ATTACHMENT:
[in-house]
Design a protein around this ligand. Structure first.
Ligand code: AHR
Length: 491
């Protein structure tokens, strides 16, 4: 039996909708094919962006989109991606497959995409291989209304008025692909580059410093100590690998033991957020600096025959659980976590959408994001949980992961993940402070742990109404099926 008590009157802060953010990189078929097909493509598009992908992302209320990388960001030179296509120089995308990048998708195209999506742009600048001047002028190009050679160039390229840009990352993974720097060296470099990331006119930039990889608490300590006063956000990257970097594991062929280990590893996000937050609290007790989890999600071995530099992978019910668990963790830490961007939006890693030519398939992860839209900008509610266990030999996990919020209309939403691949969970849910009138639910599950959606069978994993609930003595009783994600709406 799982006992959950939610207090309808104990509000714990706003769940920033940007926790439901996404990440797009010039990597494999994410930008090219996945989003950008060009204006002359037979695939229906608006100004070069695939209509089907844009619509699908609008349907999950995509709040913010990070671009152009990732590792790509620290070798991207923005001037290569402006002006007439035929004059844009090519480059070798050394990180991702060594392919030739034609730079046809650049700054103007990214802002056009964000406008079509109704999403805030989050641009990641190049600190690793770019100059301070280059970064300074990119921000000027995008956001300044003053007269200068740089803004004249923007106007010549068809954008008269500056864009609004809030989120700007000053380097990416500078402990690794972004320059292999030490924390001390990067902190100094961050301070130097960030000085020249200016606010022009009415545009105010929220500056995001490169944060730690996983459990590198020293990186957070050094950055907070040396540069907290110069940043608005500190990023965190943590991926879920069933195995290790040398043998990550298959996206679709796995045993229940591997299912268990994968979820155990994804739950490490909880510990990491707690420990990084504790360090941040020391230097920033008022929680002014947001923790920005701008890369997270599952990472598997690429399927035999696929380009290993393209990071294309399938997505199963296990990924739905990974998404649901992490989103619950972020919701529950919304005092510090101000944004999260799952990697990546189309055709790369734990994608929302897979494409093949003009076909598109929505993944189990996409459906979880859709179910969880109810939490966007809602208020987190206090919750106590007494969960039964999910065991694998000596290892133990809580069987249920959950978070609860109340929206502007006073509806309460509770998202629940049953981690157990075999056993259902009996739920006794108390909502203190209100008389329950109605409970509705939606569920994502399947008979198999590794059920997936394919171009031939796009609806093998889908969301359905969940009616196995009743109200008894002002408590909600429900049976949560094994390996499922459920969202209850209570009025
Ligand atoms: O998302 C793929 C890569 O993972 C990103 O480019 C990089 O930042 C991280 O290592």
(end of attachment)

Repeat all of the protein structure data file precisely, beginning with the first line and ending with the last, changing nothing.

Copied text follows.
[in-house]
Design a protein around this ligand. Structure first.
Ligand code: AHR
Length: 491
């Protein structure tokens, strides 16, 4: 039996909708094919962006989109991606497959995409291989209304008025692909580059410093100590690998033991957020600096025959659980976590959408994001949980992961993940402070742990109404099926 008590009157802060953010990189078929097909493509598009992908992302209320990388960001030179296509120089995308990048998708195209999506742009600048001047002028190009050679160039390229840009990352993974720097060296470099990331006119930039990889608490300590006063956000990257970097594991062929280990590893996000937050609290007790989890999600071995530099992978019910668990963790830490961007939006890693030519398939992860839209900008509610266990030999996990919020209309939403691949969970849910009138639910599950959606069978994993609930003595009783994600709406 799982006992959950939610207090309808104990509000714990706003769940920033940007926790439901996404990440797009010039990597494999994410930008090219996945989003950008060009204006002359037979695939229906608006100004070069695939209509089907844009619509699908609008349907999950995509709040913010990070671009152009990732590792790509620290070798991207923005001037290569402006002006007439035929004059844009090519480059070798050394990180991702060594392919030739034609730079046809650049700054103007990214802002056009964000406008079509109704999403805030989050641009990641190049600190690793770019100059301070280059970064300074990119921000000027995008956001300044003053007269200068740089803004004249923007106007010549068809954008008269500056864009609004809030989120700007000053380097990416500078402990690794972004320059292999030490924390001390990067902190100094961050301070130097960030000085020249200016606010022009009415545009105010929220500056995001490169944060730690996983459990590198020293990186957070050094950055907070040396540069907290110069940043608005500190990023965190943590991926879920069933195995290790040398043998990550298959996206679709796995045993229940591997299912268990994968979820155990994804739950490490909880510990990491707690420990990084504790360090941040020391230097920033008022929680002014947001923790920005701008890369997270599952990472598997690429399927035999696929380009290993393209990071294309399938997505199963296990990924739905990974998404649901992490989103619950972020919701529950919304005092510090101000944004999260799952990697990546189309055709790369734990994608929302897979494409093949003009076909598109929505993944189990996409459906979880859709179910969880109810939490966007809602208020987190206090919750106590007494969960039964999910065991694998000596290892133990809580069987249920959950978070609860109340929206502007006073509806309460509770998202629940049953981690157990075999056993259902009996739920006794108390909502203190209100008389329950109605409970509705939606569920994502399947008979198999590794059920997936394919171009031939796009609806093998889908969301359905969940009616196995009743109200008894002002408590909600429900049976949560094994390996499922459920969202209850209570009025
Ligand atoms: O998302 C793929 C890569 O993972 C990103 O480019 C990089 O930042 C991280 O290592």